If there is an infinite distance between God and not-God, and all of this is placed on a “scale” or chain, then is there not an infinite distance between each link in the scale? This was Dr Samuel Johnson’s critique, and it highlighted the problem of the chain of being: reality had to be static and exist all at once. This called creation into question, since if the Good is necessarily self-diffusive, then it had to diffuse into creation. God had no freedom to do otherwise. Ironically, this Idea also called evolution into question: if there is an infinite distance between the links, then there is no changing from one link to another.

Analysis

This book’s value lies in its being a prime example of clear, penetrating thinking. In each chapter Lovejoy presents a new difficulty with the idea of a chain of being and the force is cumulative. The chain functions as a snapshot of the God-world relationship. Since God is perfect, and the chain is a diffusion of his goodness, and since God is eternally perfect, then we must see this eternal perfection. If not, we have to find “the missing link” (and is not evolution a mere temporalizing of the chain?)

Review of Reformation Scholasticism (Dooyeweerd)

Identifying this book is tricky.  I am reviewing Herman Dooyeweerd’s Reformation and Scholasticism volume 1.   Paideia Press, an otherwise outstanding publisher, has released what appears to be several volumes under similar titles.  This volume only covers up to Aristotle (but not Aristotle).  It is Works Series 5/1.

Herman Dooyeweerd identifies four religious ground-motives in Western thought. These aren’t just “worldviews.” They go much deeper than that and control the thought-formations in a pre-conscious way.

1. Form-Matter of Greeks
2. Creation-Fall-Recreation of Scripture
3. Nature-Grace of Western Medievalism
4. Nature-Freedom of Modernity

1, 3, and 4 are dialectical and are torn by an inner dualism (Dooyeweerd 3).

Greek Form-Matter

This ground-motive is torn between earlier nature-religions (pre-Homer) which posited a divine, eternally-flowing stream of life (5-6). It is a psychic fluid which technically isn’t material, yet it is bound to material life and is conceived materially.

The best way to review this book is to highlight a number of “pressure points” within the Greek ground-motive.

Pressure Point #1: What is the soul made of?

The Socratic “Idea” is the life-giving principle, so it is necessarily related to the sensible cosmos; yet it is exalted above the matter principle of flux (137). For Plato Like must be known by Like–so the thinking soul must share in the immobility of the eide, and even to the eidos of “life in itself.” Why is this a problem? This would make the soul the world of ideas.

But if the soul is furthered pursued on these lines, then it is “deprived of the anima rationalis of all vitality, rendering it completely inert” (154). But if the soul contains the principle of motion, is this not a move backwards towards the Elatic school and its ever-flowing physis?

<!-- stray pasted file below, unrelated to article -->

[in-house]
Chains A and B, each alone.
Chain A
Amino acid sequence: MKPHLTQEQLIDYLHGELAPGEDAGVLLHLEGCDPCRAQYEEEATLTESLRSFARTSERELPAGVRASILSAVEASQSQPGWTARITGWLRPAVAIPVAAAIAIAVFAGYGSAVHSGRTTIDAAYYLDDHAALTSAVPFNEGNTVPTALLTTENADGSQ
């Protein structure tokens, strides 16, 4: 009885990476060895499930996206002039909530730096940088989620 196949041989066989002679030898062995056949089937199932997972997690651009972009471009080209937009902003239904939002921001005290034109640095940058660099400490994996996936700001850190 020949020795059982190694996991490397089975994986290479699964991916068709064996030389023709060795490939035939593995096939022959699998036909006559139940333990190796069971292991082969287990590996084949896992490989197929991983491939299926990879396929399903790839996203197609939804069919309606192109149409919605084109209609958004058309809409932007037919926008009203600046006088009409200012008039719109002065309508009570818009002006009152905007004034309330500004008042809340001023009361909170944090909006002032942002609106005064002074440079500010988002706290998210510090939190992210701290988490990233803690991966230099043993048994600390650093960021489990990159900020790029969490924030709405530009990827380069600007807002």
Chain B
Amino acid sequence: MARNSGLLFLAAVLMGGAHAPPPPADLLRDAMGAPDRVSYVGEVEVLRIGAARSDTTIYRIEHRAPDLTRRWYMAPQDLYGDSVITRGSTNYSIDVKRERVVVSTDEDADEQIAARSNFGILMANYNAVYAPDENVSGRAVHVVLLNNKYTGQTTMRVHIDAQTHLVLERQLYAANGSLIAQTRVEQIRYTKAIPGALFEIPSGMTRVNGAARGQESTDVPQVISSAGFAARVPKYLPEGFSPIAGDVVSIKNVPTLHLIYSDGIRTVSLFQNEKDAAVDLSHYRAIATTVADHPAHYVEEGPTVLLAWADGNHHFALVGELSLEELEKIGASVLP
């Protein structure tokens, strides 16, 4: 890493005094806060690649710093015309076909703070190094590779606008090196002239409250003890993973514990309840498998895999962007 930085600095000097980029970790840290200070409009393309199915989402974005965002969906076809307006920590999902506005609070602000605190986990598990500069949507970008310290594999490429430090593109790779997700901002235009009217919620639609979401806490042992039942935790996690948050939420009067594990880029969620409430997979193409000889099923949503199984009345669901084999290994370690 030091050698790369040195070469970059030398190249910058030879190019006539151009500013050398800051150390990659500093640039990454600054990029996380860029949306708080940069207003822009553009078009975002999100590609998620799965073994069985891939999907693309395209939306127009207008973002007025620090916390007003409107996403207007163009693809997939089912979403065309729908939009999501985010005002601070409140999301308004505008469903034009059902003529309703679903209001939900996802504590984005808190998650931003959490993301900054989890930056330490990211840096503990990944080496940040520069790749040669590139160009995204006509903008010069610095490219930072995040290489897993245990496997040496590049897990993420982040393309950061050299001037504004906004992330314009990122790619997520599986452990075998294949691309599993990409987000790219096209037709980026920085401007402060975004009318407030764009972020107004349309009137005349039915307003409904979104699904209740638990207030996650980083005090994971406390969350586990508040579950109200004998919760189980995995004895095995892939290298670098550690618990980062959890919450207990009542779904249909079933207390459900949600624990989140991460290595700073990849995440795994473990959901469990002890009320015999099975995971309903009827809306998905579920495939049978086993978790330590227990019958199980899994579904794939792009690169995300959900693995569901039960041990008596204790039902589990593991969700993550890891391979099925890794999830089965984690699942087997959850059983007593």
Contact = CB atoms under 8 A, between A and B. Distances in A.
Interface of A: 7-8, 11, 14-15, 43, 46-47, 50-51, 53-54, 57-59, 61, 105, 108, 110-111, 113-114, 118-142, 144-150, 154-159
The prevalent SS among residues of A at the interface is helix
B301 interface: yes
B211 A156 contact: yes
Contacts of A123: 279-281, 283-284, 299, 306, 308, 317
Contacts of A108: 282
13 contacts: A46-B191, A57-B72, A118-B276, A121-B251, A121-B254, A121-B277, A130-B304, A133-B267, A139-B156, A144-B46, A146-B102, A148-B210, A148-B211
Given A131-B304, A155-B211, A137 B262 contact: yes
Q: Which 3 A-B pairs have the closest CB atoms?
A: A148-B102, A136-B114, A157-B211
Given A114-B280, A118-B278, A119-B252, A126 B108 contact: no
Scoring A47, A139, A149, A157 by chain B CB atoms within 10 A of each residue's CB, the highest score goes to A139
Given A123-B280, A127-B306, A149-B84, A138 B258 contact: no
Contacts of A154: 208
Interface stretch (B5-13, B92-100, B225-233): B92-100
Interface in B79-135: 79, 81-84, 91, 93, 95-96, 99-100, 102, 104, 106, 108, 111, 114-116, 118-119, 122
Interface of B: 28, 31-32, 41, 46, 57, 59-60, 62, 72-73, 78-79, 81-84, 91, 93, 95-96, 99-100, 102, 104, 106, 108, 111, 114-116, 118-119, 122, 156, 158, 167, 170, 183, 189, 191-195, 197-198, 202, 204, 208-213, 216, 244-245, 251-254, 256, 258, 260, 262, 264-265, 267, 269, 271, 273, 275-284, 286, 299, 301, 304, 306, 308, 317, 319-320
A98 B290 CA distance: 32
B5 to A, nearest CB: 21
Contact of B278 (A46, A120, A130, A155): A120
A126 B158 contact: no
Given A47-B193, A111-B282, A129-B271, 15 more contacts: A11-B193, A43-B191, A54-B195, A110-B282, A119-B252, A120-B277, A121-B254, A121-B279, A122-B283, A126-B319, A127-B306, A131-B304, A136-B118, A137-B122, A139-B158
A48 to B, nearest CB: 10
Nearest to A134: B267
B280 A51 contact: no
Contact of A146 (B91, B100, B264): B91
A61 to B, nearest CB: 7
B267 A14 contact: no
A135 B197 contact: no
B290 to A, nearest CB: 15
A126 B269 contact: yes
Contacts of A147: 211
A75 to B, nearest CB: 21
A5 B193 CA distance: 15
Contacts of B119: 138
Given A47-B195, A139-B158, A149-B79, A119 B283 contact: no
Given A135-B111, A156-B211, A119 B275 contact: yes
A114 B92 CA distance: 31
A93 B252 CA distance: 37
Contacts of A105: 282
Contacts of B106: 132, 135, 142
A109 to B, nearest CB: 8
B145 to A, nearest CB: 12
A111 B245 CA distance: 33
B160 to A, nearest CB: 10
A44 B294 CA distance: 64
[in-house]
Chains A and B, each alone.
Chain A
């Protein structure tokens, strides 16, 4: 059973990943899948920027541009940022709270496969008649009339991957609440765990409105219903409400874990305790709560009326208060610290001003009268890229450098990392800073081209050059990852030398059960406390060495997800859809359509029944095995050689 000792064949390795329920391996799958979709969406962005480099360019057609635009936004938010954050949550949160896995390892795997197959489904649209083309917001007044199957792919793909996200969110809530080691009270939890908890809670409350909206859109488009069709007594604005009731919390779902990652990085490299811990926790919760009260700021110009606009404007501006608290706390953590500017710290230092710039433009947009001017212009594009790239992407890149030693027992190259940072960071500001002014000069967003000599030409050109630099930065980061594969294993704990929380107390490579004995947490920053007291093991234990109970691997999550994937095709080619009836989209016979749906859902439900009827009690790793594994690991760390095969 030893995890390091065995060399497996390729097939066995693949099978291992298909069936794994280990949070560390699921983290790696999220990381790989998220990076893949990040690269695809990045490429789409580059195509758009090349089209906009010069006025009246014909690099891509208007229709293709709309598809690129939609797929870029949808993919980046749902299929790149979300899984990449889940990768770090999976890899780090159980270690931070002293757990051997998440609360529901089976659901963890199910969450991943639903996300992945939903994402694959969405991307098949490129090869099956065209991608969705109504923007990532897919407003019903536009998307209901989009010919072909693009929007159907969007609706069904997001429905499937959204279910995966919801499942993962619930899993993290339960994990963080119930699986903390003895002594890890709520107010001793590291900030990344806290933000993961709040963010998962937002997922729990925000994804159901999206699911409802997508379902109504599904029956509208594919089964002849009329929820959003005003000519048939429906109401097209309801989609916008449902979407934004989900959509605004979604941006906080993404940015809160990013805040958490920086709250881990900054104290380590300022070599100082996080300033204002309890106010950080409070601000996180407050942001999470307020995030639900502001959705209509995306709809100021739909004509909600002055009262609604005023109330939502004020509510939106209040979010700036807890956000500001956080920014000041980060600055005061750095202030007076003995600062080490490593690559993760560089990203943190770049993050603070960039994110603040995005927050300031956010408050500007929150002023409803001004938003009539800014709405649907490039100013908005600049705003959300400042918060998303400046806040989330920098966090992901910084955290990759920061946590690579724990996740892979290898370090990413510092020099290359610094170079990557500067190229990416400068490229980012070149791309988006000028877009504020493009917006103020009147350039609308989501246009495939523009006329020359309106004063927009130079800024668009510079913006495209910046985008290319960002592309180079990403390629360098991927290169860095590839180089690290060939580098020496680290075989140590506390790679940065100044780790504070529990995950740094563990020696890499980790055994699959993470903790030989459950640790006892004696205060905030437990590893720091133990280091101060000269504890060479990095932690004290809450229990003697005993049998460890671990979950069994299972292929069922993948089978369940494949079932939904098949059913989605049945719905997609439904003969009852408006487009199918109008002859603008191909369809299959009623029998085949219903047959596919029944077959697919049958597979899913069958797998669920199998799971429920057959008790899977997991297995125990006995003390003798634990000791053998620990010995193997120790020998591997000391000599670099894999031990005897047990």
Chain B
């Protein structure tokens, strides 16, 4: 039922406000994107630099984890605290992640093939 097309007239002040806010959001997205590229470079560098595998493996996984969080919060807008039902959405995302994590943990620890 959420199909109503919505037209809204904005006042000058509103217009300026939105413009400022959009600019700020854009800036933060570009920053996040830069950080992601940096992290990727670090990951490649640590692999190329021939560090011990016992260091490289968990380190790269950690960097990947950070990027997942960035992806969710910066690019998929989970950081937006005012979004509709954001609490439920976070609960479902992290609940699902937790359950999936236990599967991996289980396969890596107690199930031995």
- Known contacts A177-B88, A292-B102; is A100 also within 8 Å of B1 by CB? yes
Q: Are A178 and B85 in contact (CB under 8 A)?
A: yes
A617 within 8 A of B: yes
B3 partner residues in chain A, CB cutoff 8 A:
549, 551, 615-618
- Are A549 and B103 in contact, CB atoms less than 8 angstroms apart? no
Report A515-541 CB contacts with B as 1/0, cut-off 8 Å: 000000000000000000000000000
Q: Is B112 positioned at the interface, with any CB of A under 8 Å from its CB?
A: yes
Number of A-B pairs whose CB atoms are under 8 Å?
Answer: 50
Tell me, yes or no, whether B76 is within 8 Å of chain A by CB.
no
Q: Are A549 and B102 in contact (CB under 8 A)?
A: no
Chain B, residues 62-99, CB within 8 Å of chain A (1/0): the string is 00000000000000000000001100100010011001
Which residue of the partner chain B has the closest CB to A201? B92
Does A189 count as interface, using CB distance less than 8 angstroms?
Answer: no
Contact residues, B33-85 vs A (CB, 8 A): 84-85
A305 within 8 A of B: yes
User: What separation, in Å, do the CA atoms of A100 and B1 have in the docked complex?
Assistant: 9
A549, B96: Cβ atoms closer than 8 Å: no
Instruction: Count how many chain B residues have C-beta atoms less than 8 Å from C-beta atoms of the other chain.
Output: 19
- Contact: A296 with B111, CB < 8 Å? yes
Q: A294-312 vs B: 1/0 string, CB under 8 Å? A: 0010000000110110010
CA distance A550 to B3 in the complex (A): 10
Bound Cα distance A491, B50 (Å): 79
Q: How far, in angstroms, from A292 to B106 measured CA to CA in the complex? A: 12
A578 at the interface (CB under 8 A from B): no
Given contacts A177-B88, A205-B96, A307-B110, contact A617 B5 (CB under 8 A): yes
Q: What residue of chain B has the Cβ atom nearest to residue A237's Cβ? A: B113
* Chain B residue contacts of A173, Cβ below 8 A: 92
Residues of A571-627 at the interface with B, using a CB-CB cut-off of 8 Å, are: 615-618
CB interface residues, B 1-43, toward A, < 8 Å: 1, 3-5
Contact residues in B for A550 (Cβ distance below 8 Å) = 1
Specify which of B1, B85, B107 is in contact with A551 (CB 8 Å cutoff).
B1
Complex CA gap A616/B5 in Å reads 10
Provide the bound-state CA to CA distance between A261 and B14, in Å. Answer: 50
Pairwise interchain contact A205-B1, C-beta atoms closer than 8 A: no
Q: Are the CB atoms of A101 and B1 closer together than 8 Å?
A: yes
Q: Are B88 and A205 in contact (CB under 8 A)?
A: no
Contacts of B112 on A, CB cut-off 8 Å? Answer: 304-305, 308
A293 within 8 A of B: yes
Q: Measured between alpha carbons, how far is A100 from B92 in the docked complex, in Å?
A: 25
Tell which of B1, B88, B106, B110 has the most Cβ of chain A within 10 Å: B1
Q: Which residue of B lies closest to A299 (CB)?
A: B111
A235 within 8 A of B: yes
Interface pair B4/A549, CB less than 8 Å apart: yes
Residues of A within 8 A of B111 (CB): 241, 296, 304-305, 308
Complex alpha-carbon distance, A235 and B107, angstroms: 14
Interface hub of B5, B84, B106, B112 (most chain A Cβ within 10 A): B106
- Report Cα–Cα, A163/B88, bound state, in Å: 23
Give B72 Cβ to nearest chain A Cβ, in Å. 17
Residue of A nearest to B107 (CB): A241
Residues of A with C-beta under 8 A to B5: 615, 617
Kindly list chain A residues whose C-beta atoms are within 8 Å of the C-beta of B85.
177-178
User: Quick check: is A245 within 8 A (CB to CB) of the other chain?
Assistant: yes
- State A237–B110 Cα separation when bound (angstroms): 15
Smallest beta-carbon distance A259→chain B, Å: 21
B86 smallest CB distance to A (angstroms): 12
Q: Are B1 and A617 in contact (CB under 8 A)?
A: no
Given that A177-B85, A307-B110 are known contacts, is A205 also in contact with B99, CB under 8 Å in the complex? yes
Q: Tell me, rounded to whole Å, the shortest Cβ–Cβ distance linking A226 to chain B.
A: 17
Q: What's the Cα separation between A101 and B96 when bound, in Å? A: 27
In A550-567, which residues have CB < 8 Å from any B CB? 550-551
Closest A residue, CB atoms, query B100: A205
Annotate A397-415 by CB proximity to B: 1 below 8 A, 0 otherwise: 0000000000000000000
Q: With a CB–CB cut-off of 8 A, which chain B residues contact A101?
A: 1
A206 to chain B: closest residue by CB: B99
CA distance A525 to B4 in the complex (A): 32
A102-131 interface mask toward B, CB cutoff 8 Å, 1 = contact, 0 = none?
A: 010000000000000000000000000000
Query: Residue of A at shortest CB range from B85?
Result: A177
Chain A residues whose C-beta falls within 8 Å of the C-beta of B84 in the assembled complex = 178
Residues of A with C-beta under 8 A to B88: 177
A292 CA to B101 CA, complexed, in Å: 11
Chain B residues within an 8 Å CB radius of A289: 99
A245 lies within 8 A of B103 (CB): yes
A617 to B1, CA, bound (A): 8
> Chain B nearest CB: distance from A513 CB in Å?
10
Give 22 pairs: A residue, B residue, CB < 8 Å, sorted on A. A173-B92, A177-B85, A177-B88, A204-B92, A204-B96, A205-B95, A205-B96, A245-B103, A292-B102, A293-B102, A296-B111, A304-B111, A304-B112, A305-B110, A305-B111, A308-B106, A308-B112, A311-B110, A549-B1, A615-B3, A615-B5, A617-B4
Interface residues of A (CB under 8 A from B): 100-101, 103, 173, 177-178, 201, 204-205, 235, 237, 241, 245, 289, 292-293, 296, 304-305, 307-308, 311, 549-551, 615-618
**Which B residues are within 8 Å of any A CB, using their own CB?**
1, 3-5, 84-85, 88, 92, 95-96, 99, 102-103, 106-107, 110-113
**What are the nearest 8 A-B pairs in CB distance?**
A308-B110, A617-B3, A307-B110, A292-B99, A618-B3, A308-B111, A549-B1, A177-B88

The nous is only the origin of the pure form, not of the chaotic elements in matter, or the chaotic motions. Thus, if the soul is the source of all motion in the cosmos (or in the microcosmos), then its simplicity is under tension.

Plato alleviates this problem with a tripartite division of the soul.

Pressure Point #2: Forever Apart?

Dooyeweerd notes that the ontic realm of the Forms “can never be joined logically to matter…an eidos of hule is inherently contradictory” (192). He points out that if motion and rest can both be applied to Being, then there is nothing to distinguish it from temporal reality. We aren’t quite at Plato’s chorismos (sharp division) between the eternal and sensible worlds, but we are getting there.

Pressure Point #3: Is Weakness Evil?

In the Timeaus Plato notes that faulty conditions of the body give rise to bad decisions (Tim. 86D). In Christian terms, you sin because you are finite and created. Something just seems wrong about this. Given a Platonic anthropology, the rational part of the Soul is good but the rest of the body is subject to Ananke. Thus, man is both rational and irrational (Dooyeweerd 310).

Conclusion

There is no denying the book’s value in its giving a minute and precise analysis of pre-Aristotelian philosophy, yet that might also be its problem. Dooyeweerd’s “Ground-Motive” schema is accurate and with it we agree 100%. And I think Dooyeweerd is successful in identifying the problems in pre-Aristotelian philosophy. Nonetheless, one often loses the forest for the trees. It is easy to get lost in the analysis and it isn’t always clear when Dooyeweerd is bringing you back to the larger picture. Yet, this book is certainly valuable for its deconstruction of Greek thought and its indirect establishing the ground for the Creation-Fall-Redemption Ground motive.